Whooping cough cases are on the rise across the state, with almost six times as many cases in the first 11 weeks of 2012 as the same time period in 2011.
State health officials have reports of 463 cases through March 17, compared with 82 by this time last year.
Pertussis cases also are on the rise in Benton and Franklin counties, which have seen 19 cases so far this year.
Dr. Amy Person, health officer for Benton and Franklin counties, said most of the reported Tri-City cases have been schoolchildren or people around them.
A small outbreak was reported in some Kennewick schools in February, and Person said she has heard some recent reports of pertussis in Pasco schools.
Leslee Caul, spokeswoman for the Pasco School District, said the district has sent letters to parents explaining pertussis symptoms, and offering tips for prevention such as vaccination and hygiene practices.
The district also notifies the Benton Franklin Health District when a student is confirmed to have pertussis, she said.
Person said that many adults are unaware that the pertussis vaccine they received as a child or adolescent wears off over time, and getting the illness itself doesn't provide any immunity.
"We want to make sure adults and children over 10 are getting their boosters," Person said.
But even getting a pertussis shot won't guarantee someone won't get sick.
Michele Roberts, health promotion and communications section manager for the state's child immunization program, said the vaccine is about 80 percent to 85 percent effective, meaning some people who get vaccinated still may get the disease.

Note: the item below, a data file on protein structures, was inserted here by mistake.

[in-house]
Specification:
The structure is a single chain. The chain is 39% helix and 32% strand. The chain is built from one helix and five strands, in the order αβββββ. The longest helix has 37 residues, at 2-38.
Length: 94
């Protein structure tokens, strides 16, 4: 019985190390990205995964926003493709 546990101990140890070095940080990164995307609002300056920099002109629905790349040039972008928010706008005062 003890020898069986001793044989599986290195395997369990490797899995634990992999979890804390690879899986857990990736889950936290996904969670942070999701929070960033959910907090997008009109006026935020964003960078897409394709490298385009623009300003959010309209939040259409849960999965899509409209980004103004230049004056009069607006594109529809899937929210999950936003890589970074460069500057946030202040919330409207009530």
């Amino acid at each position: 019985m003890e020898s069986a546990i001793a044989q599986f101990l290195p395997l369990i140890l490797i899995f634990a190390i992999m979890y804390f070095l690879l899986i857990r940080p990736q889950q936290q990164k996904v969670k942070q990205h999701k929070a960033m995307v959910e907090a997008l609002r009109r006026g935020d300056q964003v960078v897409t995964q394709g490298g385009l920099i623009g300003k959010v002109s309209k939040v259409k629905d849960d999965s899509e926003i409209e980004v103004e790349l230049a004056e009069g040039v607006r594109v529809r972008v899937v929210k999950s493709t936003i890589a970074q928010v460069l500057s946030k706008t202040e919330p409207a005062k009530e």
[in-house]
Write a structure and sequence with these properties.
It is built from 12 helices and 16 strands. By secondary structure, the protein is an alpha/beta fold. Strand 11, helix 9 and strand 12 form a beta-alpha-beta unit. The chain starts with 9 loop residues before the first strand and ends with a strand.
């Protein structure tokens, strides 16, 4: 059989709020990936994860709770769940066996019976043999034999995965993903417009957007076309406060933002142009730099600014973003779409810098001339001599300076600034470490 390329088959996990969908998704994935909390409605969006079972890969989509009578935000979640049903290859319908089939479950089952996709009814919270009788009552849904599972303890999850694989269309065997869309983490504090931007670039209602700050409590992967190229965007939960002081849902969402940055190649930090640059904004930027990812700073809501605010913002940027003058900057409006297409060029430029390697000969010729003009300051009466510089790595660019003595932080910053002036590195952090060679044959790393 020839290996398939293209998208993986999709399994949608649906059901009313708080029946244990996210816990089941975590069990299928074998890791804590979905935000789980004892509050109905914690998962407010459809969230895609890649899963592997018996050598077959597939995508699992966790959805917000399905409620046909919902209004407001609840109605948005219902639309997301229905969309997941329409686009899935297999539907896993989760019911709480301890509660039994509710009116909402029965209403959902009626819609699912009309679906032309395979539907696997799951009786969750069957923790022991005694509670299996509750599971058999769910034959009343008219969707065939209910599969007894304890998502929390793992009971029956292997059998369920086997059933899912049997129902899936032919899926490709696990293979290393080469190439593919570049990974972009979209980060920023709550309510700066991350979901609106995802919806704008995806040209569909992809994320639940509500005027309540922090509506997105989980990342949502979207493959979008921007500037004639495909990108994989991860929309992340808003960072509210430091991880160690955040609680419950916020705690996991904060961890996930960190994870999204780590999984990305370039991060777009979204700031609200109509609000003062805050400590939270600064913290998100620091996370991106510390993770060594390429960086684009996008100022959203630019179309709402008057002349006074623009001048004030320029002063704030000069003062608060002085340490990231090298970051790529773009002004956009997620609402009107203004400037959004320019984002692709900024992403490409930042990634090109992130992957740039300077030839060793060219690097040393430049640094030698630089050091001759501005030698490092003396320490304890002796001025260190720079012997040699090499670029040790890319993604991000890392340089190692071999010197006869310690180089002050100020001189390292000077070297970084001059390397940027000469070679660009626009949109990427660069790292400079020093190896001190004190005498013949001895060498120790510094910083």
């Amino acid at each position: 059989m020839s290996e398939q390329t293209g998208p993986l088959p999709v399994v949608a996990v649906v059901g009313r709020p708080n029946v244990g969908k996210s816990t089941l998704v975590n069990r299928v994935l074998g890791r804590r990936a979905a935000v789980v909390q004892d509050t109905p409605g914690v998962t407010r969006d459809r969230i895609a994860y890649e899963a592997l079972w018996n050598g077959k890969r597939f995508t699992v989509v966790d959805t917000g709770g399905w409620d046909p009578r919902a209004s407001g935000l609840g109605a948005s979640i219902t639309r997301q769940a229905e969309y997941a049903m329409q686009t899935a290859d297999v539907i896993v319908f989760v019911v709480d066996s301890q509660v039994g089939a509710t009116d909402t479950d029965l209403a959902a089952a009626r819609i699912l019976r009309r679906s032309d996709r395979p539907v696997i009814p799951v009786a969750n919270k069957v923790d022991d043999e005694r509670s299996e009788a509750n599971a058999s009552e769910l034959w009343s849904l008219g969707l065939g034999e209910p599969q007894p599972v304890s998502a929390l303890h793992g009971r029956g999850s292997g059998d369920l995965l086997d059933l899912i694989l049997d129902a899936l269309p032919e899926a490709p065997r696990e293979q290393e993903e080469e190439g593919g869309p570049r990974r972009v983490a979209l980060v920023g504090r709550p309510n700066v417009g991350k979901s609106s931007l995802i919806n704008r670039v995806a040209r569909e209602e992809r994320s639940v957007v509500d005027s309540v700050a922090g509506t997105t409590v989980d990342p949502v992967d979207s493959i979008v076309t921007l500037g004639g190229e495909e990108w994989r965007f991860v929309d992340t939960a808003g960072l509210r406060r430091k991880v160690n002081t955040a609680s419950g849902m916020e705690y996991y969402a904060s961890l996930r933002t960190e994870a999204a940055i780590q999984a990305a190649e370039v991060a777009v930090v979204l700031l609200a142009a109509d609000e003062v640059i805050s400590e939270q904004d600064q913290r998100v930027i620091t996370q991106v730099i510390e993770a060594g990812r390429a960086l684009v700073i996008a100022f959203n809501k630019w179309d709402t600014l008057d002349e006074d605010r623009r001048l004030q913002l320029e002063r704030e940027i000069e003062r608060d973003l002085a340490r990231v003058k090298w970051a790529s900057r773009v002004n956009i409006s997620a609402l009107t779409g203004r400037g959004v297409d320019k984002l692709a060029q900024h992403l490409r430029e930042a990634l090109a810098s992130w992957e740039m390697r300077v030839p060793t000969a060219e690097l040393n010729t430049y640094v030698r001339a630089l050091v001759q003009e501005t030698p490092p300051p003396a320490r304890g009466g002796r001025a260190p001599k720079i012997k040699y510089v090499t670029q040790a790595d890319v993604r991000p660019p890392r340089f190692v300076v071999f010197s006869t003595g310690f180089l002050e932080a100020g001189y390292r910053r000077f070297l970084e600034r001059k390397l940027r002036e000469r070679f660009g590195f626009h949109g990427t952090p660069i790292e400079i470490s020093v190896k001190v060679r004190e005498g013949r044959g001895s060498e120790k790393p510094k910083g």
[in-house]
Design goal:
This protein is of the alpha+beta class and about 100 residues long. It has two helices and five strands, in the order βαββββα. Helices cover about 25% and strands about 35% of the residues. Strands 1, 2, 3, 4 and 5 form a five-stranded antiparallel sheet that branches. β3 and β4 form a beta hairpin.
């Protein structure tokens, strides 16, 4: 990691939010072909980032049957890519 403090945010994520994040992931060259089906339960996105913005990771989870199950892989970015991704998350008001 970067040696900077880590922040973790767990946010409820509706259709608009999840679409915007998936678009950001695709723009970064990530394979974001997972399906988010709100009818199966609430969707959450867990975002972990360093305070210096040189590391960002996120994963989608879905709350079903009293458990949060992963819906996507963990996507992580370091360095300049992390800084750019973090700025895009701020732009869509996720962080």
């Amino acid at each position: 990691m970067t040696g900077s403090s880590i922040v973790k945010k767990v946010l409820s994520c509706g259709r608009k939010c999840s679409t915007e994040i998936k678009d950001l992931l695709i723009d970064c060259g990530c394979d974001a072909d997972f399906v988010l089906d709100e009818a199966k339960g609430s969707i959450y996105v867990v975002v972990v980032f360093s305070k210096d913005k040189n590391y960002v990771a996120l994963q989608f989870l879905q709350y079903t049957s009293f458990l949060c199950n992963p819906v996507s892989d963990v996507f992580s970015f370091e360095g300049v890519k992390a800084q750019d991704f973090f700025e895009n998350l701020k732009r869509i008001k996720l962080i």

"Pertussis is not all about seeing disease in unvaccinated people," she said.
She said it still is important to get the vaccine because that can mean the person gets a much milder case of pertussis, and it offers protection to vulnerable infants who can't be vaccinated.
"Also, reported cases are only the tip of the iceberg," she said. "Many cases in teens and adults don't get reported because they don't seek medical attention, or their symptoms are so mild that providers don't suspect pertussis. The bottom line is that anyone with an ongoing cough should stay away from infants. And we need to increase awareness in adults that everyone should get a whooping cough booster."
Adults can get a pertussis booster from their doctor along with their 10-year tetanus booster.
Person said the increased number of cases in Benton and Franklin counties isn't abnormal, particularly as nearby counties were reporting outbreaks in late 2010.
Grant County experienced 57 cases, including one infant death, during a 16-month outbreak that started in late 2010. included one infant death. In the previous five years, Grant County reported one to four cases per year.
Benton County was seeing very few cases during Grant County's outbreak, but now is seeing activity while Grant County has had no reported cases in 2012.
"I think it ended up just being our time," Person said. "It ends up being everybody's time at some point."